“Short term, we need to regain our market share and position in the U.S. – we need to show that we’re absolutely capable of building high-end devices,” he said. “Second, one part of the team is working on getting BlackBerry 10 into other verticals. Think about automotive. QNX is very strong in automotive, and some other industries,” he said. “We’re working on signing partnerships, getting into this business is not a one year program. Mobile computing is going to be the next huge growth wave for wireless. This will be a three-to-five year approach. But what I’m really confident in is that we have a platform that gets us there. And (the older BlackBerry operating system) wouldn’t have gotten us there. That’s why we needed to build this new platform.”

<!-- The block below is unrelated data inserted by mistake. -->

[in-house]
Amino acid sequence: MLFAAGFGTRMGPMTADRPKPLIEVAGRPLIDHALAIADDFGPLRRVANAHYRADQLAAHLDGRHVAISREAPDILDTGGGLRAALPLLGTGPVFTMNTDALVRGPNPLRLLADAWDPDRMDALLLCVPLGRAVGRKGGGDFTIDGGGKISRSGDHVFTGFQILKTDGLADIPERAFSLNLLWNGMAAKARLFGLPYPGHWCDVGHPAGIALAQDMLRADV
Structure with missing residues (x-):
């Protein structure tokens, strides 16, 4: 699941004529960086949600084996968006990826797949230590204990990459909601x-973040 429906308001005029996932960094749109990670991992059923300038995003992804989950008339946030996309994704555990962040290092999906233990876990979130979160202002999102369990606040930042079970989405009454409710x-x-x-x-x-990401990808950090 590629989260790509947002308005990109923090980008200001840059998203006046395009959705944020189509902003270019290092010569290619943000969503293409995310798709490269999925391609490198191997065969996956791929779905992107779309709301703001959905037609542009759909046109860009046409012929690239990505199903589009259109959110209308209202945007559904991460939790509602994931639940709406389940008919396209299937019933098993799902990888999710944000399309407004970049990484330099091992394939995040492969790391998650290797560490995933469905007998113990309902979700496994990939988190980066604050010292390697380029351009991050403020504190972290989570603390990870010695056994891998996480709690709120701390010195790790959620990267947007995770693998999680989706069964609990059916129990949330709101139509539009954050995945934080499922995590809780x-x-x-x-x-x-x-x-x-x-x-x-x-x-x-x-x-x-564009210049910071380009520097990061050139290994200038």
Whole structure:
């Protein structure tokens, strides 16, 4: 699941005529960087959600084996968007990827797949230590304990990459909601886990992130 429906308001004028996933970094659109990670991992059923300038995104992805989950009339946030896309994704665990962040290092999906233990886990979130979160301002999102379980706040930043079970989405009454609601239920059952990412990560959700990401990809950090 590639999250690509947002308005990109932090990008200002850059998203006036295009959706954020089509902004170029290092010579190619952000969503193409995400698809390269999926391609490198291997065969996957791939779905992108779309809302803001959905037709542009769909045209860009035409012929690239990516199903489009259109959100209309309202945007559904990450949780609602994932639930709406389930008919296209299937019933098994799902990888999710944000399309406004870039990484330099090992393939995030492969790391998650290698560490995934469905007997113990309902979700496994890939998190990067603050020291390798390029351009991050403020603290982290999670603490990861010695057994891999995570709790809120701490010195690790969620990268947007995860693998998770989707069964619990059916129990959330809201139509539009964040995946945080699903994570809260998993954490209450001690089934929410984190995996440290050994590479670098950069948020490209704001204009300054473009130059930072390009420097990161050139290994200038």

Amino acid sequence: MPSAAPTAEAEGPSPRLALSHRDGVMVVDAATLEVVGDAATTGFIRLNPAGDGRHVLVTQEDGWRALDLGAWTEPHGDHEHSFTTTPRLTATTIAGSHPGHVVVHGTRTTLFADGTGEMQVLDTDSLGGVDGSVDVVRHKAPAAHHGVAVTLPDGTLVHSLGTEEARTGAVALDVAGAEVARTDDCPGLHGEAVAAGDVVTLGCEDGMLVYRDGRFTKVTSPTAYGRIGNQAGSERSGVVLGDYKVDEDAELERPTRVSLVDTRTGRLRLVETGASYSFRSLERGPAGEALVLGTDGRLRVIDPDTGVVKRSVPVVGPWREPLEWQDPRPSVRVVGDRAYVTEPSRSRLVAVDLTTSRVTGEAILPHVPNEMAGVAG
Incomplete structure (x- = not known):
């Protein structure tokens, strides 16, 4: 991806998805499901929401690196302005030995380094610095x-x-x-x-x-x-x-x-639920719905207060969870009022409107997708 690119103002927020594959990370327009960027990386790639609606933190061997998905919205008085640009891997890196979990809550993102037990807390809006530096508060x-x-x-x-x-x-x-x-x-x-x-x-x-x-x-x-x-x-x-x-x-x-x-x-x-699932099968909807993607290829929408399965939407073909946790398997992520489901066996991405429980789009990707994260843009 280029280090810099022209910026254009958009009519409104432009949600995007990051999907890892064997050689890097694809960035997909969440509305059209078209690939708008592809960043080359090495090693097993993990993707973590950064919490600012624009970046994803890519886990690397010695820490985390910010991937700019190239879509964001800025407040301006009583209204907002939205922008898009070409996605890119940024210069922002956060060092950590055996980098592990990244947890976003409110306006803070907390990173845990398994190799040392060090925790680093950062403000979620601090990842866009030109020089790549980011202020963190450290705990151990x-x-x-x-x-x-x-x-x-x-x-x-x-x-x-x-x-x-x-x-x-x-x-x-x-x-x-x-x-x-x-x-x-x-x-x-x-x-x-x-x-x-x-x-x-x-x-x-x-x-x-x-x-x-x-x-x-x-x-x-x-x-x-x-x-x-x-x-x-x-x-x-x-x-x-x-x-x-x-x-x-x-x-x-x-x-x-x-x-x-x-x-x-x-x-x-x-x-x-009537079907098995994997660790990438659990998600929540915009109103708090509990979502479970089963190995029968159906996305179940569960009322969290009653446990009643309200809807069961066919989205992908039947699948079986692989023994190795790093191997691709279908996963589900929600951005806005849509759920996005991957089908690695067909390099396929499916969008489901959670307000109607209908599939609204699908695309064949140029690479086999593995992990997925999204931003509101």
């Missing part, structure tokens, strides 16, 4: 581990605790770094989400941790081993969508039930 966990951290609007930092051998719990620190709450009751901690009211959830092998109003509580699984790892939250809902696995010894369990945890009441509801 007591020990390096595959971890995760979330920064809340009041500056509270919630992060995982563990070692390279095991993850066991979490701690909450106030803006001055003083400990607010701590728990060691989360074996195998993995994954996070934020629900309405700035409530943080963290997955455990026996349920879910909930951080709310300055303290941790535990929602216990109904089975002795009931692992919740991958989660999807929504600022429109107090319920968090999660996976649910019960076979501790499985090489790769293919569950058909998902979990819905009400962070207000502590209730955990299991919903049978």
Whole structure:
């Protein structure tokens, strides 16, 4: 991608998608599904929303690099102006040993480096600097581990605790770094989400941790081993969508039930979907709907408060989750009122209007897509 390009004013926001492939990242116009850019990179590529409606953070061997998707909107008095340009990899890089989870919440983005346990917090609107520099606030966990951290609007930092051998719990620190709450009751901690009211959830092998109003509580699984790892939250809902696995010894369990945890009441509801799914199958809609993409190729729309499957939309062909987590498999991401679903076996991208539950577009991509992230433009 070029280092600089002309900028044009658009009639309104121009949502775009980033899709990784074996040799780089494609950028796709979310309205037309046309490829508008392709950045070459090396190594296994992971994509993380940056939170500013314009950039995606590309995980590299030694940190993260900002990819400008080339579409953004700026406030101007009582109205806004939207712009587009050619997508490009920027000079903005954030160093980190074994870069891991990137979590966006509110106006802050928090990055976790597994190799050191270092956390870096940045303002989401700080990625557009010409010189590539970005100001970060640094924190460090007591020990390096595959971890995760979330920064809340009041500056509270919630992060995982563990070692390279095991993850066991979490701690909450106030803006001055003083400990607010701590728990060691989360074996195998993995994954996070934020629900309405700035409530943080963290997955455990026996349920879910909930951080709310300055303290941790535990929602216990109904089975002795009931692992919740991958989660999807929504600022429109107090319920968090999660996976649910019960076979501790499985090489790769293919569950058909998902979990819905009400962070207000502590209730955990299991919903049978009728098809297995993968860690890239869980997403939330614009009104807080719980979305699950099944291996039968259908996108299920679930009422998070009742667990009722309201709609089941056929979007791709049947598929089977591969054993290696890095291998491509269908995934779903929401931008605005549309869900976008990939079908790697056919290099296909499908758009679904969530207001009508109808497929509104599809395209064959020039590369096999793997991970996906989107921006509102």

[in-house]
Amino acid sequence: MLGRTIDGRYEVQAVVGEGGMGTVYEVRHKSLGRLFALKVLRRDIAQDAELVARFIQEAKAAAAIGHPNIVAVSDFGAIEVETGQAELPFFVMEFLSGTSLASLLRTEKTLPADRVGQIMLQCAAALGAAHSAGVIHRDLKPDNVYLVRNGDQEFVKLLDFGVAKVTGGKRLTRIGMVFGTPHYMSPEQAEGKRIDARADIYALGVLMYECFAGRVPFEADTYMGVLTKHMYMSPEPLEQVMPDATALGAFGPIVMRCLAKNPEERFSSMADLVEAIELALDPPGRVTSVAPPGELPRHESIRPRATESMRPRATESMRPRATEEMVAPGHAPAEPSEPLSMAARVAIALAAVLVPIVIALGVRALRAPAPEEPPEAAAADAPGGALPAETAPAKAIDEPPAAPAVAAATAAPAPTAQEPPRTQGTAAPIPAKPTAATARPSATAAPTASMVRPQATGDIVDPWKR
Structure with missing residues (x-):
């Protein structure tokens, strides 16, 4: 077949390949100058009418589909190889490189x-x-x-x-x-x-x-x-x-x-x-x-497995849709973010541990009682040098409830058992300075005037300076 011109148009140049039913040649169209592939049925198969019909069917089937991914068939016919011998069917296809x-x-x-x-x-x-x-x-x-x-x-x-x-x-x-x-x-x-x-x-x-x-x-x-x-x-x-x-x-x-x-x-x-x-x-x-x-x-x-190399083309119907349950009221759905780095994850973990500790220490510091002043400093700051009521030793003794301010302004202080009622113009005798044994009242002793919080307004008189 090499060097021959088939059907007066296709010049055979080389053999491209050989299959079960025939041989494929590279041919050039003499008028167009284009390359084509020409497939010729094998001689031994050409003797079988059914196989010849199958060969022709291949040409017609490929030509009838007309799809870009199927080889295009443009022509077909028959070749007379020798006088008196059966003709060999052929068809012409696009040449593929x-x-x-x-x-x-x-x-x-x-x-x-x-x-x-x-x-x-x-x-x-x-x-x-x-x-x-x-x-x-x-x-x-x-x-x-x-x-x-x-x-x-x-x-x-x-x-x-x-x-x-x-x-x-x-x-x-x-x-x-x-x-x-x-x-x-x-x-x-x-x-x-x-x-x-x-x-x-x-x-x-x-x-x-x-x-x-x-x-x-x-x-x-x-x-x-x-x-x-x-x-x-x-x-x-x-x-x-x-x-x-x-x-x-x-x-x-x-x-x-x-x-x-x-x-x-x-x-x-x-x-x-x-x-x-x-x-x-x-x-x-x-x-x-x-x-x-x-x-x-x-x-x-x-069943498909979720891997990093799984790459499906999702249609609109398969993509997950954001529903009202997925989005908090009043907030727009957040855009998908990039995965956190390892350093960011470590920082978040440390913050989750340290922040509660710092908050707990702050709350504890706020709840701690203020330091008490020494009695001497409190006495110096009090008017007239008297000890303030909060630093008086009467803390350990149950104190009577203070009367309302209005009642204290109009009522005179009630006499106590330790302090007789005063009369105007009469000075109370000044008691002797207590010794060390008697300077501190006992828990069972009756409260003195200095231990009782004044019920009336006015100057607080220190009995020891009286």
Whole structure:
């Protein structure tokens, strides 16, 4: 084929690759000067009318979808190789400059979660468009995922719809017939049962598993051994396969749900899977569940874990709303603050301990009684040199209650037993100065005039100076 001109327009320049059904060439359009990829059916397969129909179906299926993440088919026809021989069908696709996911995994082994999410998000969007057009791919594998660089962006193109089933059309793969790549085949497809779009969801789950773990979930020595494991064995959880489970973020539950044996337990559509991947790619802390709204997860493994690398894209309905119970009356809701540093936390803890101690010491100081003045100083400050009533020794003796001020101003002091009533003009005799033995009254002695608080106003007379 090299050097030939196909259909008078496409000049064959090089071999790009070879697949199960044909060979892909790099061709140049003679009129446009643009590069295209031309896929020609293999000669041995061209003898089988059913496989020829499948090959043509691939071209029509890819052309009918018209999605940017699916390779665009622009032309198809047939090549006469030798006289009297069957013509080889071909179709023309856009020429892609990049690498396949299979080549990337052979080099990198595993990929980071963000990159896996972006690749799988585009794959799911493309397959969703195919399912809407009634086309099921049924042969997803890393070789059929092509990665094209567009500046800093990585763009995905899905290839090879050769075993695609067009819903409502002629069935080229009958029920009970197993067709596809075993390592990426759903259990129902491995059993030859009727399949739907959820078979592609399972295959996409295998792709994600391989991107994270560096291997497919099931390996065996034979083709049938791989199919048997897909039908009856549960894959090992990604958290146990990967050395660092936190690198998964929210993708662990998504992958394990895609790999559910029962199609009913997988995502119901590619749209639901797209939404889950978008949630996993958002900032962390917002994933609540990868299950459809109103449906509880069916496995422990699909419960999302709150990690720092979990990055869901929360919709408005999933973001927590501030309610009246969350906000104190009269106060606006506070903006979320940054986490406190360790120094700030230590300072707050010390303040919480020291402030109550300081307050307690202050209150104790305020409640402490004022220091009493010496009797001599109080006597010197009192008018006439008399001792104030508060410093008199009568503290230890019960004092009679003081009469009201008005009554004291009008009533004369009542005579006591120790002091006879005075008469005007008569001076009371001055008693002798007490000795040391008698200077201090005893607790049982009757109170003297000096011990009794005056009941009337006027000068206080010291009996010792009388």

To help sales, RIM said there are now roughly 70,000 apps available in RIM’s BlackBerry World, including BB10 apps from social media sites Twitter, Facebook, LinkedIn and Foursquare, as well as the music-streaming service Songza and the Star Wars version of Rovio’s popular Angry Birds game. RIM has also upped the multimedia content available through BlackBerry World, making available everything from music and TV shows to newly released movies.

All of these moves – including the sleeker, more fluid user interface on the touchscreen device – are designed to reposition RIM in a market that has come to be almost thoroughly dominated by Apple’s iPhone and phones running Google’s Android software by Samsung – which together accounted for 92 per cent of all smartphone sales in the fourth quarter, according to research firm Strategy Analytics.